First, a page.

The sudden appearance of red marks the passage of the P-phase, the seismic wave in the crust going past the hydrophone and radiating sound. 1000 seconds later, the T-phase arrives, the roaring sound from the epicenter finally catching up. Smaller horizontal lines are the background noise — ships and whales. This station was destroyed by the 2010 tsunami, but survived yesterday's event intact and functional.
The Did You Feel It? felt intensity map for this earthquake is much different than we saw for Los Angeles. To start with, the scale is totally different, encompassing cities in multiple countries hundreds of kilometers apart. Second, not many people have contributed reports. This may be because they are unaware of the United States program, or it could be because they have bigger problems to deal with locally than filling out online forms.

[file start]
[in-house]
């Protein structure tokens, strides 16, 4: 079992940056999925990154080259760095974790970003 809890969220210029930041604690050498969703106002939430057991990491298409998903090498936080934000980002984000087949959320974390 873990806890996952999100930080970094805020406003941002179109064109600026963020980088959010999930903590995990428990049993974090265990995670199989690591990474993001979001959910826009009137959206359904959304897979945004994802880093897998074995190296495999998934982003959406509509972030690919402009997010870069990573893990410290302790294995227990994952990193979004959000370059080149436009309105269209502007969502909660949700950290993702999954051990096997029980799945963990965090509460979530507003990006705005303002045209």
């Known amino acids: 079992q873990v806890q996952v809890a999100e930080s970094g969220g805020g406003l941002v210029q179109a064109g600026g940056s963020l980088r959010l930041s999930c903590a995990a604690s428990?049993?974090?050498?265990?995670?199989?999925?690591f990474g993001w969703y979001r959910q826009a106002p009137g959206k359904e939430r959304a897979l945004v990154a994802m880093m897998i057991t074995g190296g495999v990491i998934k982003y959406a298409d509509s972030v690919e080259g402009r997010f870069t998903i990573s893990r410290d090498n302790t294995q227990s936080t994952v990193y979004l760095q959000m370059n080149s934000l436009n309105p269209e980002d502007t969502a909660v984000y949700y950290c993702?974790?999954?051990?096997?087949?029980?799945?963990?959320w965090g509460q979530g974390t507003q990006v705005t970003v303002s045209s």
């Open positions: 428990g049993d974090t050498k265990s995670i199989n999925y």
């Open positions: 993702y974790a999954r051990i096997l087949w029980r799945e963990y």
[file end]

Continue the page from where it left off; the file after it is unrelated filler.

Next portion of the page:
Circle colour corresponds to reported intensity, and circle city is proportional to the city's population.
The earthquake was big enough to trigger the pager system, sending out an orange-level alert. Pager stands for Prompt Assessment of Global Earthquakes for Response, an automated system to identify significant earthquakes and produce an initial prediction of scope of the potential disaster. Pager takes earthquake characteristics and pairs them with background information like surficial geology (which can amplify shaking) and population distribution to determine probable fatalities, damages, and cities impacted. The program is intended for emergency responders, government and aid agencies, and media, but anyone can sign up. For this event, the orange-level alert translates into an expectation of some fatalities, and significant damage.
The Chilean earthquake triggered fires, causing additional damage to buildings. AP/Cristian Vivero Boornes